Sometimes the inspiration for his writing comes from conversations he has when he is out. He will be regaling a group with a tale and Shelli will tell him he needs to write that down to flesh out later. He will grab anything nearby and make some notes. He now has stacks of them all about. “You know, it really doesn’t take much of an event to create a full-blown story. You maybe do a little research, or drag something else into it, all it takes is a good initial event or idea, and you can add a lot to it,” he mused.
Gordon’s mentors through the process of returning to school were Tim Rawson, who eventually turned the mentee over to Dave Onofrychuk, the Writing Professor from Alaska Pacific University. Inside the cover is a note from Dave who says that Gordon “masterfully chronicles a raucous time in Alaska’s history, from the turbulent ‘60’s to the freewheeling 70’s, the hard-knock 80’s and beyond”. He is correct, and all of that is perfectly captured in this essential Alaskan memoir. There is so much more to this book than just a memoir though. It is an inspirational tale from a seasoned storyteller. We each have obstacles in life, and for Gordon climbing tens of thousands of feet into the air were nothing compared to what he accomplished closer to sea level. The focus on his interpersonal relationships, his business savvy, and his bravery when faced with danger are the stories that are the most gripping and heartbreaking.
Now that his book has been published, Gordon is now focused on getting people to read it, and similar to the way he has handled his other businesses, he employs a hands-on approach, and is setting up his own book signings locally, including one at each Costco in Anchorage this weekend. “I went shopping at the one on Debarr, I went to look for the book and it wasn’t there. I went to talk to a couple managers, loaded my stuff in the car, and it still wasn’t out.” Slightly frustrated he decided to check out other places. “So, then I figure I had better go out to Dimond, too. They had them out, and I sold one of them.” He recalled a story of a woman and her husband who were looking for a book for guys. Gordon suggested that the man look at his, without telling him he was the author. When the man realized who he was talking to he revealed he had been a customer of Koots, and he would purchase the book if Gordon signed it. “So today I went back to Debarr, and they had them out, but they had only sold one in the last week because they weren’t putting them out.” After a manager suggested that they set up a book signing, they picked the date of June 1st, and so Gordon went back to the other location again and set up another signing for the next day. “You do it what it takes, you know?” Gordon said.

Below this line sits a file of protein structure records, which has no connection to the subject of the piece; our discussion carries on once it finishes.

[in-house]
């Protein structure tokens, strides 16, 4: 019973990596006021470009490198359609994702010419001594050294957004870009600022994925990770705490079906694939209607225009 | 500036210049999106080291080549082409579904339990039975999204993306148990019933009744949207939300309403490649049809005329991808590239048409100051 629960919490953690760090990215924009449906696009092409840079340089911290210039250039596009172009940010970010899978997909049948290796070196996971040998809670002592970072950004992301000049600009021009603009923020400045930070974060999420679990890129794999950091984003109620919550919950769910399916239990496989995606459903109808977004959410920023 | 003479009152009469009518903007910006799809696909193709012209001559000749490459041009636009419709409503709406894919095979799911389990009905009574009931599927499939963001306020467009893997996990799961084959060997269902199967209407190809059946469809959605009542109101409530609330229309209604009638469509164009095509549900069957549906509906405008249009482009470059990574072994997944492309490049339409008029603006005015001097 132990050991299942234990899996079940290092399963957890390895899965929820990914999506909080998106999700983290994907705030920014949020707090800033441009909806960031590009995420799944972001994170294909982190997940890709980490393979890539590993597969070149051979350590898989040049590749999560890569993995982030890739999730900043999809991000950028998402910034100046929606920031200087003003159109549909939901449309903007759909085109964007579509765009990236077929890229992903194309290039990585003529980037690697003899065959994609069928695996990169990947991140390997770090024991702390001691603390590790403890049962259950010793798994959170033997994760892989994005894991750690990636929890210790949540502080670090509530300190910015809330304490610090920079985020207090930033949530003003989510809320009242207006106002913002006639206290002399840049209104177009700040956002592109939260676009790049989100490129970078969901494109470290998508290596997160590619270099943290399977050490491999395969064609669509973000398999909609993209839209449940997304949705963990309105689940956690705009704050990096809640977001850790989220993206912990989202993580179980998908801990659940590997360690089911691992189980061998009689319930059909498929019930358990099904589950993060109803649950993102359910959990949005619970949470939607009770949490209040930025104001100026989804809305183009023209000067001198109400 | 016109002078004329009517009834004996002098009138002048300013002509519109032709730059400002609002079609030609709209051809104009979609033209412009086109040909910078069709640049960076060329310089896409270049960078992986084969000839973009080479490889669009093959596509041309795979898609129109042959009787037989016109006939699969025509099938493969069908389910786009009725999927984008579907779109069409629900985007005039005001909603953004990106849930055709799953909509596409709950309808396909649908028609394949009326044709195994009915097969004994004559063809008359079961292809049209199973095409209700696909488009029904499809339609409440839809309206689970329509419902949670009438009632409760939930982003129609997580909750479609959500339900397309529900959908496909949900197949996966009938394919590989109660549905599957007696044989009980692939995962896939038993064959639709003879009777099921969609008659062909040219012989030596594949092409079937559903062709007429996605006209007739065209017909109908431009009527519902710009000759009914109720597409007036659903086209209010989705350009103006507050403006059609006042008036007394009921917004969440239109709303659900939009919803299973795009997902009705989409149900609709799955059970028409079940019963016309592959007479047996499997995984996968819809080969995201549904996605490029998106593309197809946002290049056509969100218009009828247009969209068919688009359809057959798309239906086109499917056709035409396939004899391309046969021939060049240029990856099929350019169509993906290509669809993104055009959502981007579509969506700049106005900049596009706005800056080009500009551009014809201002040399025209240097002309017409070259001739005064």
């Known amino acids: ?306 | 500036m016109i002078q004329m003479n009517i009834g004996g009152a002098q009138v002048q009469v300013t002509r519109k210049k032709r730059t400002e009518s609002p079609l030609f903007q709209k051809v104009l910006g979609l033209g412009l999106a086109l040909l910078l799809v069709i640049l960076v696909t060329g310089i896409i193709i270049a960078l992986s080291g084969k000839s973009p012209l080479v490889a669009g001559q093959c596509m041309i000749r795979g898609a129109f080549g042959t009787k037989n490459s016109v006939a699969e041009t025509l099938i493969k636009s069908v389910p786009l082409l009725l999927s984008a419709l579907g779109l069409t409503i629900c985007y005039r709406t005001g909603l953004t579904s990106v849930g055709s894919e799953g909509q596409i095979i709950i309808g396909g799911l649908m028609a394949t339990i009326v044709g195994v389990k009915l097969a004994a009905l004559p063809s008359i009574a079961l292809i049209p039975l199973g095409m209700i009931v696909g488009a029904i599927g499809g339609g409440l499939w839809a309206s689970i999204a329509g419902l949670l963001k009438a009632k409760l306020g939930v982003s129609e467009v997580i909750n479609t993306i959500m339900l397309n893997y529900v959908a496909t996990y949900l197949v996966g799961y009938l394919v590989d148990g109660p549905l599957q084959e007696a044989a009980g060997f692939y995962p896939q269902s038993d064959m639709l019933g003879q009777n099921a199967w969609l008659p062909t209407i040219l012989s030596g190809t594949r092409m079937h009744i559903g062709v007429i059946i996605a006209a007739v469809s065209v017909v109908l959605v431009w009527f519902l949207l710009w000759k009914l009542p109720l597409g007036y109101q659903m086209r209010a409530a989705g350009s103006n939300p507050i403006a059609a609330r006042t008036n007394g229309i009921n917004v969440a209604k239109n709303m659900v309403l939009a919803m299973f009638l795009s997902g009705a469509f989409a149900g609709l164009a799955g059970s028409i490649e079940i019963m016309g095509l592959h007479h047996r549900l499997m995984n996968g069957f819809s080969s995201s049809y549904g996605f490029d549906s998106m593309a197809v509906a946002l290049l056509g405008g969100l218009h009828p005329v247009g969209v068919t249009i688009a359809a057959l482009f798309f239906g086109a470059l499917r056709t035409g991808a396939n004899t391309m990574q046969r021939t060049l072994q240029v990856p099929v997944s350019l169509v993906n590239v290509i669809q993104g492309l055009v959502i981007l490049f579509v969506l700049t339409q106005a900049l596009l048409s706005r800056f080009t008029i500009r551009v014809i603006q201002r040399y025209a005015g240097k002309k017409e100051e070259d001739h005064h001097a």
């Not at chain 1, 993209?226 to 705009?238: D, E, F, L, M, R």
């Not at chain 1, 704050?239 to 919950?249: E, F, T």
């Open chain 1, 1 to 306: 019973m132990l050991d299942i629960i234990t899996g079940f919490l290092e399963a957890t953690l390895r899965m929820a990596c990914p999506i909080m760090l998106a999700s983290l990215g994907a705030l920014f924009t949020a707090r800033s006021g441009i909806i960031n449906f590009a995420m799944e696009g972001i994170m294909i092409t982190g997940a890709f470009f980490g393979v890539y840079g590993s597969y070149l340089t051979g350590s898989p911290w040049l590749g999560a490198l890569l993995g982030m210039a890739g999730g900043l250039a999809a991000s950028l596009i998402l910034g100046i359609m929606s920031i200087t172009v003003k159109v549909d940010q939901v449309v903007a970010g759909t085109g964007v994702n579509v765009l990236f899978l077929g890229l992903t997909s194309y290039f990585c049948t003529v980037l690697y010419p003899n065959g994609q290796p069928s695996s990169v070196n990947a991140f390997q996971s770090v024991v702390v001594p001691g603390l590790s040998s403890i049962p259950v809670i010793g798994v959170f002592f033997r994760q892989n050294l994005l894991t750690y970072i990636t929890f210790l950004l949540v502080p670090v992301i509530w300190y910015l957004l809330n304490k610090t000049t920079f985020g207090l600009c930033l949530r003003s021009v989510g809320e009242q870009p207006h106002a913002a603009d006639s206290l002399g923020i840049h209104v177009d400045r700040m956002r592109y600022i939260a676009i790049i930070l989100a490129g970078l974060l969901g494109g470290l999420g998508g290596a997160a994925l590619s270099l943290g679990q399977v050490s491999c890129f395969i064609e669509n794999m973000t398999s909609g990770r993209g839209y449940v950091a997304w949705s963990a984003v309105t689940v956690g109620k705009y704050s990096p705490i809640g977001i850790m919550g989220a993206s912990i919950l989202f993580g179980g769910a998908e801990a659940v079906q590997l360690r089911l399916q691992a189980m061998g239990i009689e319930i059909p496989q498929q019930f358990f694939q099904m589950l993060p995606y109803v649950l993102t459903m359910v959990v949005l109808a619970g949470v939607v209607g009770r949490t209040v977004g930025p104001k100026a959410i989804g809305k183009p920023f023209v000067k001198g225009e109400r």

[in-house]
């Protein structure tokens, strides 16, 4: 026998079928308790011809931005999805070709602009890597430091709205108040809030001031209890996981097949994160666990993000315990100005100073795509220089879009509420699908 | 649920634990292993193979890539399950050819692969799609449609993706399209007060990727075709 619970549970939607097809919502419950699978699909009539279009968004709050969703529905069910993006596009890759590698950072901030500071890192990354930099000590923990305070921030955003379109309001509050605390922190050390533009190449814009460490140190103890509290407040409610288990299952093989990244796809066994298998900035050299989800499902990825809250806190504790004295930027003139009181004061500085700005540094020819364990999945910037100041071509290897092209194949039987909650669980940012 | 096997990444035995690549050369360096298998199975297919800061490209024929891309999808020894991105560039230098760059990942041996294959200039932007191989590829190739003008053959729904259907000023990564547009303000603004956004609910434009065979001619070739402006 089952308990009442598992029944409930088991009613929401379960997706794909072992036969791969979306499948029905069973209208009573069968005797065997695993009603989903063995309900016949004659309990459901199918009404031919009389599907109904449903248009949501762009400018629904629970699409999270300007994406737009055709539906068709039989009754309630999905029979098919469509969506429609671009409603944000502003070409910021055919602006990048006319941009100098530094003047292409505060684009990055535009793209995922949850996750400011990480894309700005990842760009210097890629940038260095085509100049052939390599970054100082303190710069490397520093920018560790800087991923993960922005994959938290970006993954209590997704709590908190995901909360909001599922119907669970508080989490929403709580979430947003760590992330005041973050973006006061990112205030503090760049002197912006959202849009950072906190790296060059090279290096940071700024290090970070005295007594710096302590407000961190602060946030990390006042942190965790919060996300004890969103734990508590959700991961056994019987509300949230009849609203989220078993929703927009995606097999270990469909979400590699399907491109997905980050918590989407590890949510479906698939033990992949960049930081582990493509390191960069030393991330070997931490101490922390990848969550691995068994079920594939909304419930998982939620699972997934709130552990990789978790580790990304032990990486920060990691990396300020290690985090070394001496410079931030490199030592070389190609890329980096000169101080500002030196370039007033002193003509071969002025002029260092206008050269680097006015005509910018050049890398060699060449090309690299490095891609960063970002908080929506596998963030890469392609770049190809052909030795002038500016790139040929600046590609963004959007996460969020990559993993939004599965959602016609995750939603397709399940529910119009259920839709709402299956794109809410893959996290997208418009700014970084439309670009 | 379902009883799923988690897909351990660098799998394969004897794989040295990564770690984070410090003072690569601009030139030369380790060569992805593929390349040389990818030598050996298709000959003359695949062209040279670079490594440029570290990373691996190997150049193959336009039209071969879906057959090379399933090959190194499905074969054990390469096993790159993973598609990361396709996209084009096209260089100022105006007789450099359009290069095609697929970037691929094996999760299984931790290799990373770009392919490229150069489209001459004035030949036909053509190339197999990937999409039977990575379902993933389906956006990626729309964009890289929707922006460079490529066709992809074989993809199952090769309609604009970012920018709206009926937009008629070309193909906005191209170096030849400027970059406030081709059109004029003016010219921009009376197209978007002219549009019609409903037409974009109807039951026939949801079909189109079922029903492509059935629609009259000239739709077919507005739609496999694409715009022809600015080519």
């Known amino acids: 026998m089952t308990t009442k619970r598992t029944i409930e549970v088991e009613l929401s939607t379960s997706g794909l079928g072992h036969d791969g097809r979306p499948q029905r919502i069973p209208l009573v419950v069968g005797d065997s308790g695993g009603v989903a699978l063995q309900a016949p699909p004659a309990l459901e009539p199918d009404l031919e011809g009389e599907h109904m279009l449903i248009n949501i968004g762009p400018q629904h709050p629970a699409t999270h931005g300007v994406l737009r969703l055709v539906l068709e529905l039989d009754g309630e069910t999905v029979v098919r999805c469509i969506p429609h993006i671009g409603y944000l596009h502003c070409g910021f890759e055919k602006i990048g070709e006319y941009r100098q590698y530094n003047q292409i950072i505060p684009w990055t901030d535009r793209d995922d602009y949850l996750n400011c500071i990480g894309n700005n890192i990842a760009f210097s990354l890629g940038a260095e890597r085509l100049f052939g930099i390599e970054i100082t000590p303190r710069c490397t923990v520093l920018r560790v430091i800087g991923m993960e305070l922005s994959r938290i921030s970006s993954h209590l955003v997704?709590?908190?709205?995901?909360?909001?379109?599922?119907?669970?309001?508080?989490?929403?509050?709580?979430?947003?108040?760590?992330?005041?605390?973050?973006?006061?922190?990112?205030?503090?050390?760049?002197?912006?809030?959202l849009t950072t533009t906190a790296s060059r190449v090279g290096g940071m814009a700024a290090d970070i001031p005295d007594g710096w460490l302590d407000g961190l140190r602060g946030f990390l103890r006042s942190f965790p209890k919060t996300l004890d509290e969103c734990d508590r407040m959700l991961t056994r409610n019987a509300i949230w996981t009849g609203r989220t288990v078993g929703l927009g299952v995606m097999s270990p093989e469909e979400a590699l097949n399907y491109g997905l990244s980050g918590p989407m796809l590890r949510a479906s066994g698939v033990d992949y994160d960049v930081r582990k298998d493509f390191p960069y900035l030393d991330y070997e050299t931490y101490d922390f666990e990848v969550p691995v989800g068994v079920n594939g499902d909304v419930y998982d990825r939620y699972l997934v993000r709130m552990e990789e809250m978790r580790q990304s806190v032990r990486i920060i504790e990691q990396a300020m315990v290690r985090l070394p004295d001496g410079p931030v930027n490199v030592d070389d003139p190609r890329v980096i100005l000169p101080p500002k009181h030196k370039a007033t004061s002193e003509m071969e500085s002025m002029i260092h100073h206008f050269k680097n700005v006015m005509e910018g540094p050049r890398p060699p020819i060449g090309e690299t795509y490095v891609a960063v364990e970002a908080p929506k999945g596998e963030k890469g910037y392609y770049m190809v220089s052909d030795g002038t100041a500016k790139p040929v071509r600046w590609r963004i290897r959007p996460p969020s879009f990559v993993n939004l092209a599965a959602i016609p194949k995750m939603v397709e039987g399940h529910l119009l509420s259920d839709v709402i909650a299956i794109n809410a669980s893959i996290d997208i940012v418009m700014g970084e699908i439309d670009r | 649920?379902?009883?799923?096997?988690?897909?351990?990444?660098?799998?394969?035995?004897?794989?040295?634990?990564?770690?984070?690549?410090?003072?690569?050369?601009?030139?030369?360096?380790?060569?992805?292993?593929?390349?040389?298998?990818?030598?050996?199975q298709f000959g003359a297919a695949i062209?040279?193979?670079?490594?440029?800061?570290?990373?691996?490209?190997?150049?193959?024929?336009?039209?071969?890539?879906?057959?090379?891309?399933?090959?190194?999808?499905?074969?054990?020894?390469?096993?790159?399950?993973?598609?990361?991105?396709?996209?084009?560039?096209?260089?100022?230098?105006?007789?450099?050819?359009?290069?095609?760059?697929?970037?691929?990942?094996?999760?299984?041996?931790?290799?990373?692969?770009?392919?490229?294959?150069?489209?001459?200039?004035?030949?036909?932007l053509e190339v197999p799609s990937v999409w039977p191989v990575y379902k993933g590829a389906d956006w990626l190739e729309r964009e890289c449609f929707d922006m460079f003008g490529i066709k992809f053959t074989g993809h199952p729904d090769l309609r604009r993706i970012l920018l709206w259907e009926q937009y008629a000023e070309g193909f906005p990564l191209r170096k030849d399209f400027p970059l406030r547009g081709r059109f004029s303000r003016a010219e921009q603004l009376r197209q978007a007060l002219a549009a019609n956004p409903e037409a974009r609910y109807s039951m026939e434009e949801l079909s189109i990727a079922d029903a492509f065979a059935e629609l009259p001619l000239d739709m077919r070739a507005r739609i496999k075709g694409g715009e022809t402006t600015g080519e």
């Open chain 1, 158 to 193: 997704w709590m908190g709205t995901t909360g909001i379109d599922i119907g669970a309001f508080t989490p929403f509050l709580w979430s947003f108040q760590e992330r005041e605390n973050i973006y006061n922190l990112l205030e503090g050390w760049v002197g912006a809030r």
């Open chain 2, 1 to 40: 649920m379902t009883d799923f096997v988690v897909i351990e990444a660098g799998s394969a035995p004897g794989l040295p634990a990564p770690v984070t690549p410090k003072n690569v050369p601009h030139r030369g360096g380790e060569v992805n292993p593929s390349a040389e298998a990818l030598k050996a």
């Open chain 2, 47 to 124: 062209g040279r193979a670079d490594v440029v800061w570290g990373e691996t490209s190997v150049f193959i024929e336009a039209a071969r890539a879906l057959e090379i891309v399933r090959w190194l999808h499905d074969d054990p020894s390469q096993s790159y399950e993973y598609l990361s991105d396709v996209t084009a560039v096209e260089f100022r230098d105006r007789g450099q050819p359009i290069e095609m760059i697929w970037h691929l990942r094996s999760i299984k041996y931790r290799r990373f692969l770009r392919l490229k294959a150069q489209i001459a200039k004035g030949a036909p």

Gordon is a man that does what it takes. His bar legacy, his marriage, and his time atop mountains has proven that. Now with this memoir he has shown that he is still not slowing down, just refocusing his energy. With an intelligent writing style that leaves you always wanting to know more, and fascinating tales from around the world, we can only hope that there are more books where this one came from.